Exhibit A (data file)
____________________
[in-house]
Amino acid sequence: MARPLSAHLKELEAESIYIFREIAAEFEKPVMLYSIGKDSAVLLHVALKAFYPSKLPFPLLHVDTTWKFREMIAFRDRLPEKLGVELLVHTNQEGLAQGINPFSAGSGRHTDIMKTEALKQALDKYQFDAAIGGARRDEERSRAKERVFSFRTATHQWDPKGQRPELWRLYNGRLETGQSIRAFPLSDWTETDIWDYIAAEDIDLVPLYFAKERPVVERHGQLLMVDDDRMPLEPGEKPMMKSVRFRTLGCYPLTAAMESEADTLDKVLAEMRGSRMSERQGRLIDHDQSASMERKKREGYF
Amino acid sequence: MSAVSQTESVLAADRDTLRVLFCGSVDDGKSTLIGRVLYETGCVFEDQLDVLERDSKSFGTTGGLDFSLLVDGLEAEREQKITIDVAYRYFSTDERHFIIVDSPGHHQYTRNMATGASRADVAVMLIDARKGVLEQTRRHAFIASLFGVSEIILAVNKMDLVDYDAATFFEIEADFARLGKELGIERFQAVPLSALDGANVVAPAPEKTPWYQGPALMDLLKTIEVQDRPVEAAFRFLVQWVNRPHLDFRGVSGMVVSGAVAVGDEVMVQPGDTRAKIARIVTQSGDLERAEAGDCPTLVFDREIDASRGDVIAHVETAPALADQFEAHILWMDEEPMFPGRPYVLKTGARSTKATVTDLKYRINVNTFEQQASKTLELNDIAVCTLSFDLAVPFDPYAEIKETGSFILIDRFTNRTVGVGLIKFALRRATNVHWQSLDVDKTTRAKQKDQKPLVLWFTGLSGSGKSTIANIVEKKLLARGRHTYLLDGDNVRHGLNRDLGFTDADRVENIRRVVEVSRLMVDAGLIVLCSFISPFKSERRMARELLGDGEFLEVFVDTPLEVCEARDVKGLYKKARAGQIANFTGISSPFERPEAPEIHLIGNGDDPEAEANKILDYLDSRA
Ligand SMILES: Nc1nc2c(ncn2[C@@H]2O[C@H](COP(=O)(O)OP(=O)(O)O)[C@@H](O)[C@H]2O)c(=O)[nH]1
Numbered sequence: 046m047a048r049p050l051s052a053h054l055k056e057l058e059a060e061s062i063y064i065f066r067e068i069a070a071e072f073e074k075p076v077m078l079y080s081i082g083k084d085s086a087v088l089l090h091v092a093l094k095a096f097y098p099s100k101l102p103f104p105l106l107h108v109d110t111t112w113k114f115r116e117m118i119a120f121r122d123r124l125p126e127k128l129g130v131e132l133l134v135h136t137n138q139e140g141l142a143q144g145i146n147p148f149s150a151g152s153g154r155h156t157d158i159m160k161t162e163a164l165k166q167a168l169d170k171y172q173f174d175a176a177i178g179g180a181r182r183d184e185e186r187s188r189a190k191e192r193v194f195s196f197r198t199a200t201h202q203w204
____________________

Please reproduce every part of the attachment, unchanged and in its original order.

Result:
[in-house]
Amino acid sequence: MARPLSAHLKELEAESIYIFREIAAEFEKPVMLYSIGKDSAVLLHVALKAFYPSKLPFPLLHVDTTWKFREMIAFRDRLPEKLGVELLVHTNQEGLAQGINPFSAGSGRHTDIMKTEALKQALDKYQFDAAIGGARRDEERSRAKERVFSFRTATHQWDPKGQRPELWRLYNGRLETGQSIRAFPLSDWTETDIWDYIAAEDIDLVPLYFAKERPVVERHGQLLMVDDDRMPLEPGEKPMMKSVRFRTLGCYPLTAAMESEADTLDKVLAEMRGSRMSERQGRLIDHDQSASMERKKREGYF
Amino acid sequence: MSAVSQTESVLAADRDTLRVLFCGSVDDGKSTLIGRVLYETGCVFEDQLDVLERDSKSFGTTGGLDFSLLVDGLEAEREQKITIDVAYRYFSTDERHFIIVDSPGHHQYTRNMATGASRADVAVMLIDARKGVLEQTRRHAFIASLFGVSEIILAVNKMDLVDYDAATFFEIEADFARLGKELGIERFQAVPLSALDGANVVAPAPEKTPWYQGPALMDLLKTIEVQDRPVEAAFRFLVQWVNRPHLDFRGVSGMVVSGAVAVGDEVMVQPGDTRAKIARIVTQSGDLERAEAGDCPTLVFDREIDASRGDVIAHVETAPALADQFEAHILWMDEEPMFPGRPYVLKTGARSTKATVTDLKYRINVNTFEQQASKTLELNDIAVCTLSFDLAVPFDPYAEIKETGSFILIDRFTNRTVGVGLIKFALRRATNVHWQSLDVDKTTRAKQKDQKPLVLWFTGLSGSGKSTIANIVEKKLLARGRHTYLLDGDNVRHGLNRDLGFTDADRVENIRRVVEVSRLMVDAGLIVLCSFISPFKSERRMARELLGDGEFLEVFVDTPLEVCEARDVKGLYKKARAGQIANFTGISSPFERPEAPEIHLIGNGDDPEAEANKILDYLDSRA
Ligand SMILES: Nc1nc2c(ncn2[C@@H]2O[C@H](COP(=O)(O)OP(=O)(O)O)[C@@H](O)[C@H]2O)c(=O)[nH]1
Numbered sequence: 046m047a048r049p050l051s052a053h054l055k056e057l058e059a060e061s062i063y064i065f066r067e068i069a070a071e072f073e074k075p076v077m078l079y080s081i082g083k084d085s086a087v088l089l090h091v092a093l094k095a096f097y098p099s100k101l102p103f104p105l106l107h108v109d110t111t112w113k114f115r116e117m118i119a120f121r122d123r124l125p126e127k128l129g130v131e132l133l134v135h136t137n138q139e140g141l142a143q144g145i146n147p148f149s150a151g152s153g154r155h156t157d158i159m160k161t162e163a164l165k166q167a168l169d170k171y172q173f174d175a176a177i178g179g180a181r182r183d184e185e186r187s188r189a190k191e192r193v194f195s196f197r198t199a200t201h202q203w204